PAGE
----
Leo and Rey (Pepon Nieto and Carlos Fuentes) are working-class bears who live in one of the older apartment buildings. Leo is a driving school instructor, Rey works at odd jobs, and they are barely making ends meet. When we first meet them, Leo is bickering with Rey for being a bit too flirtatious with a former lover. They might occasionally be a pair of testosterone drama queens but their earthy passion still burns for one another. We can see this during the whimsical scene where Rey pretends that he is Wolverine from The X-Men, with ballpoint pens taped to his fingers, and jumps into bed with Leo.

While they are playfully wrestling in bed, the old woman in the flat next door is being murdered. The next morning, while being questioned by the police, they learn that Rey is the only beneficiary in the deceased's will and that she left her apartment to him. Rey often helped her and fixed things in her flat, and she was showing her gratitude for "the son she never had." But Mila, an eccentric phobia-ridden police detective and her closeted son, Luis, view this as a motive for murder and consider the two bears to be their prime suspects.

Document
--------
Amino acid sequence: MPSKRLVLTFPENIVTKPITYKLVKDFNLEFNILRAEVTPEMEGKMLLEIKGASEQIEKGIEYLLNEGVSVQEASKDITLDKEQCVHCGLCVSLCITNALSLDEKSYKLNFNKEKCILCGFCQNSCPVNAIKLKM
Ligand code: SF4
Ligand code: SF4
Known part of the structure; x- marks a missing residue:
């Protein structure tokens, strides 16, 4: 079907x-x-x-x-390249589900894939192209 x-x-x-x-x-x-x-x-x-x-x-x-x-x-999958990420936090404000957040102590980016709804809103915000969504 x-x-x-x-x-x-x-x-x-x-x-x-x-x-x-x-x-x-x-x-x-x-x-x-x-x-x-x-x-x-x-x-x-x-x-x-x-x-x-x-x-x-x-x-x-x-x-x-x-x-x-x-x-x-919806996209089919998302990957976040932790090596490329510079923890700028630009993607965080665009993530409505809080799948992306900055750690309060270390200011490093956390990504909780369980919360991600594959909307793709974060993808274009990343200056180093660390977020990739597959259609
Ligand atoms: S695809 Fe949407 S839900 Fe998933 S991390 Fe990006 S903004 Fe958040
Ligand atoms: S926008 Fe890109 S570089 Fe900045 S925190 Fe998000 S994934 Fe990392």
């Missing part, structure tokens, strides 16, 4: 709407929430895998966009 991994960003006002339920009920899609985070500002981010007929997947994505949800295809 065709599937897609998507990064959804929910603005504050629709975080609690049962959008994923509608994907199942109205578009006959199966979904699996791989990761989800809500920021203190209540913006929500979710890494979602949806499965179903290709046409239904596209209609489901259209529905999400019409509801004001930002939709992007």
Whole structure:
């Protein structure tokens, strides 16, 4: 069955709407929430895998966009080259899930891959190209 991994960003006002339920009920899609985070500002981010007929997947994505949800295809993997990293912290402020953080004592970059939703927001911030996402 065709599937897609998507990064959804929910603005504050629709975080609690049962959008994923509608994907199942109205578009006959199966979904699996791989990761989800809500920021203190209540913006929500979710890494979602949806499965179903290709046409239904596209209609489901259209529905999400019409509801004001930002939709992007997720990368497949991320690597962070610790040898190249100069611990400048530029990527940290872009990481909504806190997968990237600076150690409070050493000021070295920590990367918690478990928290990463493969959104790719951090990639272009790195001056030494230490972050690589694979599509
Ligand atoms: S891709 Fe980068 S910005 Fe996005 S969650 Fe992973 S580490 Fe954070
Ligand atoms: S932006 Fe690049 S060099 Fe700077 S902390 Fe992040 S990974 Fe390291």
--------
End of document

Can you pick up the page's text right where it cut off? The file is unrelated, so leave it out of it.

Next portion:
Victor meets up with them and offers a handsome sum of money for the dead woman's apartment. Strapped for cash, Leo wants to sell but Rey has other ideas - he wants to rescue his sister from their irascible mother, Antonia (Concha Velasco) and let her move in next door. This is not good news for Leo because Antonia is losing her marbles and, to make matters worse, she detests him and has made it her crusade to break the two of them up.